Curvy Kate Winslet Speaks Out Against Cosmetic Surgery

British actresses speak out on why they don't believe in plastic surgery.

ByABC News
August 19, 2011, 11:36 AM

Aug. 19, 2011— -- In a celebrity world full of Botox-frozen faces, preternaturally perky breasts, and noses that have seen more than one permutation, a few actresses from across the pond are just saying "no" to plastic surgery.

In an interview with the U.K. media, Kate Winslet recently took a stance against getting a nip/tuck, saying that cosmetic surgery "goes against [her] morals."

"I will never give in," said Winslet, 35.

Winslet, famous for her curvy, womanly physique, argued that she was raised to appreciate "natural beauty" and doesn't want, as an actress, to have cosmetic surgery or botox "freeze the expression" of her face.

Winslet isn't the only Brit speaking out against going under the knife. Fellow Oscar-winning actresses Rachel Weisz, 41, and Emma Thompson, 52, also oppose cosmetic surgery.

"We're in this awful youth-driven thing now where everybody needs to look 30 at 60. I'm not fiddling about with myself," Thompson reportedly told the U.K. media.

Weisz reportedly noted that people who look "too perfect don't look sexy or particularly beautiful."

Are these comments markers of a mounting anti-cosmetic surgery movement? One look at the red carpet would suggest no, though Us magazine speculated that Winslet is starting an "anti-cosmetic surgery league" with other U.K. actresses.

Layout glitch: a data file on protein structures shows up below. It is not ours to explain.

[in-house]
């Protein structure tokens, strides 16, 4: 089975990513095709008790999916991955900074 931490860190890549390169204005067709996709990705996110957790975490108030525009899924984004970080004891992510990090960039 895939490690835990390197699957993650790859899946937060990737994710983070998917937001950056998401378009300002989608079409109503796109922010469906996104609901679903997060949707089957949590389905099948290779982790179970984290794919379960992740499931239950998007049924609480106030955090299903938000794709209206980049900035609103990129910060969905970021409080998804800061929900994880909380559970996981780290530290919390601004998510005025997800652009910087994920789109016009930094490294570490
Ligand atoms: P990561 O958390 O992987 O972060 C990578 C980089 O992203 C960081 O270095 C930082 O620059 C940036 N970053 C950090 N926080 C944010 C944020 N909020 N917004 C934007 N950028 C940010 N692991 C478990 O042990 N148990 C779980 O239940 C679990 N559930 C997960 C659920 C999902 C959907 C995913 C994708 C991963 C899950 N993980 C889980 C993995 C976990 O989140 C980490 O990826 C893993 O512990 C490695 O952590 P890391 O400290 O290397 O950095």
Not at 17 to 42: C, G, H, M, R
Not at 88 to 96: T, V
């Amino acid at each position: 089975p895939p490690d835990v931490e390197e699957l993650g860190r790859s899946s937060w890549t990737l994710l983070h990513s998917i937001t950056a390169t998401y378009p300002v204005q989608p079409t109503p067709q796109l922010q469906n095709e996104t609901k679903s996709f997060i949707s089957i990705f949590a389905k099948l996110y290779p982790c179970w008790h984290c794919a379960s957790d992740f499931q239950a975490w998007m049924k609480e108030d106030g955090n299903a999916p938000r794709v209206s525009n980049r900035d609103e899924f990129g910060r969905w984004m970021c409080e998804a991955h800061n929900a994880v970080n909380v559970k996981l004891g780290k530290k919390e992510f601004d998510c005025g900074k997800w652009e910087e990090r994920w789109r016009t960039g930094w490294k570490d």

How might plastic surgeons take such a movement?

"Plastic surgery is a very individualized decision and everyone needs to do what makes them feel comfortable, but I don't think that decision should be influenced by a few actresses who may not feel that cosmetic surgery is right for them," said Dr. Stephen Greenberg, director of New York's Premier Center for Plastic Surgery.

Greenberg agreed that celebrities are certainly under "additional pressure to look better, just like they feel additional pressure to lose weight and have a better figure," but he doesn't find anything wrong with people wanting to undergo "relatively simple procedures" to make themselves feel better about the way they look.

"Our society looks to celebrities to look good, to emulate what other people want to look like," Greenberg said. "Obviously, plastic surgery is not for these particular celebrities, but they shouldn't try to tell other people that it's not the right thing to do for them, whether they are fellow actresses or the person next door."